The West

Police had Lloyd,  male lover theory
Lloyd Rayney arrives at court.

The forensic pathologist who examined Corryn Rayney’s body has cast doubt on a key piece of evidence in the case against Lloyd Rayney, saying it was difficult to accept he did not find liquidambar seed pods in her hair during a preliminary examination.

Forensic pathologist Gerard Cadden examined Mrs Rayney’s body on August 16, 2007 – the day it was exhumed from its King’s Park grave – but did not find the seed pods until the following day when he conducted a post-mortem examination.

Dr Cadden gave evidence today that footage of the initial examination previously provided to him by police did not show him examining Mrs Rayney’s hair. Images subsequently shown to him by the defence proved he did examine the hair on that day.

The prosecution claims the presence of three pods on Mrs Rayney’s body – two in the hair, the third likely dislodged from her hair - ties her death to the Rayneys’ Como home, where there is a liquidambar tree.

The defence has challenged how the pods were recovered and questioned the lack of photos showing them in-situ.

Under cross-examination Dr Cadden testified he found it "difficult to accept" he had missed the pods on his first examination.

He also agreed that in 22 years of experience he had never experienced the level of unease with police as he did in the Rayney case, saying he was "highly on guard" and felt he had been "shut out" of the investigation.

Dr Cadden gave evidence he felt concerned when he arrived at the state mortuary to conduct the post-mortem on August 17 to find a police officer already there.

He said he was concerned to see the officer talking to a member of staff who was also a lawyer because he feared police claims that they “knew” Mr Rayney had killed his wife would be spread around.

Earlier Dr Cadden told the trial police suggested to him Mr Rayney may have killed his wife with the help of a “male lover”.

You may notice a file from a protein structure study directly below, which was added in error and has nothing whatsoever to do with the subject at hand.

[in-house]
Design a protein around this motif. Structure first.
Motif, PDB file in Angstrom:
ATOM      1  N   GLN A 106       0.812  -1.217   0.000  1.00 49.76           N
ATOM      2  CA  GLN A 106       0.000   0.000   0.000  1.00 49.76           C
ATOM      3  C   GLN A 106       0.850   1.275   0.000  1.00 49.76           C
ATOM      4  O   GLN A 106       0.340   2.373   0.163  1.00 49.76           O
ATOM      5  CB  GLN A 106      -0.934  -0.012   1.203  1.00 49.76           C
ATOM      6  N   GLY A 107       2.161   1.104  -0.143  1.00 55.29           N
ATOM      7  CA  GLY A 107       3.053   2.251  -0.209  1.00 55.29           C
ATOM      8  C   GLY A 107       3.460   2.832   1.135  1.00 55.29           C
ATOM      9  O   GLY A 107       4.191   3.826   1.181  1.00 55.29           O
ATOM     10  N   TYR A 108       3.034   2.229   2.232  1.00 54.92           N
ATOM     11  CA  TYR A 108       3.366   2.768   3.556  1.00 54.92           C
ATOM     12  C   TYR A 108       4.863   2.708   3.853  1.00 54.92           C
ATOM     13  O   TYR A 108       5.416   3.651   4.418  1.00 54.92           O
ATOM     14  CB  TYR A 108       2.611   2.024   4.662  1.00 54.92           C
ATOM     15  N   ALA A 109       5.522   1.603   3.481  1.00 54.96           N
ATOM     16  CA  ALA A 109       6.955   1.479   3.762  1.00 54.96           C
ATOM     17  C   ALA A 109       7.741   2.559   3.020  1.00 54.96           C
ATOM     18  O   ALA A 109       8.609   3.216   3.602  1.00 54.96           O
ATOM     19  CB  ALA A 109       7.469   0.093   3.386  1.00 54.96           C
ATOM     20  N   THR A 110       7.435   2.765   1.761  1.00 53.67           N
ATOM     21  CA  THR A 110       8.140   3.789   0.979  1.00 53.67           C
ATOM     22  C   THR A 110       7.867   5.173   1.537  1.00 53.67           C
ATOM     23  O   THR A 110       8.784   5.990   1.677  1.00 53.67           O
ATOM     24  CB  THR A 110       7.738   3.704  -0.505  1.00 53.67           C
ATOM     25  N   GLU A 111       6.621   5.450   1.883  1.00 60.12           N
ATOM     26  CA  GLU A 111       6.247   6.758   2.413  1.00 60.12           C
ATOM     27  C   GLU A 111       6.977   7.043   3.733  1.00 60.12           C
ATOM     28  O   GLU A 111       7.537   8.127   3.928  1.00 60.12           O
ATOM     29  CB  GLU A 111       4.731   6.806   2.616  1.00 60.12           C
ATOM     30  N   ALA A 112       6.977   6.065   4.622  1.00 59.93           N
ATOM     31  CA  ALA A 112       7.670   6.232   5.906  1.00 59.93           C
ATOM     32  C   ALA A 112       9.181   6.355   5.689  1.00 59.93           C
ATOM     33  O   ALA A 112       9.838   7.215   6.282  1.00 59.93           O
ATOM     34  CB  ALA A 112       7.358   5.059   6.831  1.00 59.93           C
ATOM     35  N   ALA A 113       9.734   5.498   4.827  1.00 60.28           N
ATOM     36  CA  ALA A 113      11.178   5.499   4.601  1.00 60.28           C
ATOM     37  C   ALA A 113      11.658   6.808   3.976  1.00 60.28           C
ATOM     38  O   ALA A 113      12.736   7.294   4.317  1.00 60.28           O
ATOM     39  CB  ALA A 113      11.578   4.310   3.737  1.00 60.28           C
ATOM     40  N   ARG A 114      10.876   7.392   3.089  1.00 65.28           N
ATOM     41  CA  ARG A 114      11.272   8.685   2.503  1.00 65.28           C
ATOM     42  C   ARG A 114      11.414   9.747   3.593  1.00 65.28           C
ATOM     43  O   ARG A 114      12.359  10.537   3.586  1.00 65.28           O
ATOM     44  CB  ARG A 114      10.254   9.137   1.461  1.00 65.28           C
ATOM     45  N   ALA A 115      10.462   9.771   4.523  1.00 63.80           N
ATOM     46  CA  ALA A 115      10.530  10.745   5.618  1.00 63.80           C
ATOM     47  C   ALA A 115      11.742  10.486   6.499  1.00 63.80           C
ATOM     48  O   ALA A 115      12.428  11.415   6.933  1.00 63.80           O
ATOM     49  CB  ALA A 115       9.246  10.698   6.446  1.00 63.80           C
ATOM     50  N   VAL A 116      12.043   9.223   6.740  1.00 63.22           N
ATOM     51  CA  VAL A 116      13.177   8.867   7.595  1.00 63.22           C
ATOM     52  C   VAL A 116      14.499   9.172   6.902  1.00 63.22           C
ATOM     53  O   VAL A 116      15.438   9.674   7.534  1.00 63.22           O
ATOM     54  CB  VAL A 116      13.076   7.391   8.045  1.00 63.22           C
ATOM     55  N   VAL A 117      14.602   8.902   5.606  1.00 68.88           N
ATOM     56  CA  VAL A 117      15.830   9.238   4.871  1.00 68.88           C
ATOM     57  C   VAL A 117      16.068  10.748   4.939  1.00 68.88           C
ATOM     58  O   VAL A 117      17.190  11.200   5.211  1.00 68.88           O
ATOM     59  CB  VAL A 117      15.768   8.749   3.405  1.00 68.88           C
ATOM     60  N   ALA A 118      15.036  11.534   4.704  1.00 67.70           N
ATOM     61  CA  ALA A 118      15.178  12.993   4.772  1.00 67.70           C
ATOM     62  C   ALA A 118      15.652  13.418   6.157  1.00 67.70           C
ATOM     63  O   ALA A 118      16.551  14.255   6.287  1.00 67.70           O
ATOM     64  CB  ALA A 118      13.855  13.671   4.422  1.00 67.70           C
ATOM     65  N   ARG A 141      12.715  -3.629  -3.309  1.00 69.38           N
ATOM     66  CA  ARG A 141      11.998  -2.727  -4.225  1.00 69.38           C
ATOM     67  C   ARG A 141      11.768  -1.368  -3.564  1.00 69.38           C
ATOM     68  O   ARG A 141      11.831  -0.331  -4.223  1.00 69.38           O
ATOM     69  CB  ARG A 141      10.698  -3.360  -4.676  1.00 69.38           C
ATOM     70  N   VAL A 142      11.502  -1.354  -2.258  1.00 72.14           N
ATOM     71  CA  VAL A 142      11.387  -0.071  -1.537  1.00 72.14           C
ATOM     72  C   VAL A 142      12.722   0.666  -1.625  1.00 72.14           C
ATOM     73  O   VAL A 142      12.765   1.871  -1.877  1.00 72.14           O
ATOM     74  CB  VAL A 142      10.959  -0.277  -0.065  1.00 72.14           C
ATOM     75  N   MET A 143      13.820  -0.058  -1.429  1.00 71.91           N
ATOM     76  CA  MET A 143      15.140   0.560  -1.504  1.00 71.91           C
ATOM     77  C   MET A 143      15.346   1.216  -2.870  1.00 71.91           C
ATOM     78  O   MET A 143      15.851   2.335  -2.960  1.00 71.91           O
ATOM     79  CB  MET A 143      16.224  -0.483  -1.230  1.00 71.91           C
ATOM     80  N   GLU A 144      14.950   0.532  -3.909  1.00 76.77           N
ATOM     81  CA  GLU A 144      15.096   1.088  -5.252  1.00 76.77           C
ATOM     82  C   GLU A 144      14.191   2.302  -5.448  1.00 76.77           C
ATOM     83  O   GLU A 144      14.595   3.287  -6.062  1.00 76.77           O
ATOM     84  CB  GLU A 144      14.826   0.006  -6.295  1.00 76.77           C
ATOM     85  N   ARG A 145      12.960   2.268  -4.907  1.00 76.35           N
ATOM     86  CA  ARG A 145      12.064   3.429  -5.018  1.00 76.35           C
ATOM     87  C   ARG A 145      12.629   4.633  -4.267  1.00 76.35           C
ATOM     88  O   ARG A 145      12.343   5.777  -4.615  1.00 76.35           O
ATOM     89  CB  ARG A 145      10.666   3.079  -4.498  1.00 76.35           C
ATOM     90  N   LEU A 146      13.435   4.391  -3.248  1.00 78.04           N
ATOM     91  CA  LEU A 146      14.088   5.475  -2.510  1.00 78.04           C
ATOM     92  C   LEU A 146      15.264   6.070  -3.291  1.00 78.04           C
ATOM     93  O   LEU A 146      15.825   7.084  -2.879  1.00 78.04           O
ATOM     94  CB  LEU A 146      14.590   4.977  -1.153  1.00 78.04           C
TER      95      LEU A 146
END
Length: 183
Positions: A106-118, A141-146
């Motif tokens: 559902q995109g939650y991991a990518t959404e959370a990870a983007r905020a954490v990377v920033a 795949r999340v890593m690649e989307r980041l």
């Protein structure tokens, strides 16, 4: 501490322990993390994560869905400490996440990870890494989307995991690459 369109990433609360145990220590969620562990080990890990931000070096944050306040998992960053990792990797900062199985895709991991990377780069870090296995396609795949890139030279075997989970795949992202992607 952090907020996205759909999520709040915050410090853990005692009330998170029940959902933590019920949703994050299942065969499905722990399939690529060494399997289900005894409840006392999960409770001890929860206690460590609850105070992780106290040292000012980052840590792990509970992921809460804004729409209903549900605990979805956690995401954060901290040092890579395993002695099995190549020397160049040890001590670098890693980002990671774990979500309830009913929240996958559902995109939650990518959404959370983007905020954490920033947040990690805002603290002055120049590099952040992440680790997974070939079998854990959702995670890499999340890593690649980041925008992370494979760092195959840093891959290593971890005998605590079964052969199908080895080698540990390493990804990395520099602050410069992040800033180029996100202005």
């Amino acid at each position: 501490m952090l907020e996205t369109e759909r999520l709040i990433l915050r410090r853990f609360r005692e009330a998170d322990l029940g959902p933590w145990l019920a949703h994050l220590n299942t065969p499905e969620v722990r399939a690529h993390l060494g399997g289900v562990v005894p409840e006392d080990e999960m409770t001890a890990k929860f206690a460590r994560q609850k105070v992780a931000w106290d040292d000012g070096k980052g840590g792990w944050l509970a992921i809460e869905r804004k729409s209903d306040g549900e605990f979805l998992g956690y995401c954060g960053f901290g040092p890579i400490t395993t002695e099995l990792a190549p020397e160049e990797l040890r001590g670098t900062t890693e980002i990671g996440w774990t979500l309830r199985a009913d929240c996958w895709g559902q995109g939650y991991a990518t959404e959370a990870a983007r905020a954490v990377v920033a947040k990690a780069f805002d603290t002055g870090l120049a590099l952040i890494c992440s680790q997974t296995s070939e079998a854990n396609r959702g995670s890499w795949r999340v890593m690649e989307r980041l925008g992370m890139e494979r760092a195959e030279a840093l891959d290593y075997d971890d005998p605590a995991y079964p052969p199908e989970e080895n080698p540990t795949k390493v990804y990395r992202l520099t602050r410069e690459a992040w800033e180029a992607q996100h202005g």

“To the best of my recollection (the officer) said it was Lloyd Rayney … they knew that Lloyd had killed his wife, either by himself or with the help of a male lover,” he said.

“I couldn’t tell if he was serious about the male lover, it was obvious he was uncomfortable… telling me.”

That conversation took place on the day Mrs Rayney’s body was exhumed - about three years before Mr Rayney was charged with her murder.

The question of Mrs Rayney’s cause of death was again under the spotlight, with uncertainty over whether she showed signs of brain swelling and the significance of a narrowed coronary artery.

The court has previously been told neuropathologist Victoria Fabian saw no signs of brain swelling when she examined Mrs Rayney’s spine and brain.

Two other experts - forensic consultant John Hilton and Professor Blumberg – said they believed there had been swelling.

Dr Cadden said in determining Mrs Rayney’s cause of death he effectively discounted the views expressed by Professors Hilton and Blumberg in favour of Dr Fabian, with whom he had worked for 20 years.

Prof Blumberg appeared as a witness today, saying it was not unusual for pathologists to disagree.
Dr Cadden did not include Mrs Rayney’s narrowed coronary artery as a possible cause of death in his report, but conceded it could not be ruled out.

He said it "could be an incidental finding" or could have been significant, noting that coronary artery disease of the severity found in Mrs Rayney was "very common" in the wider community.

The West Australian

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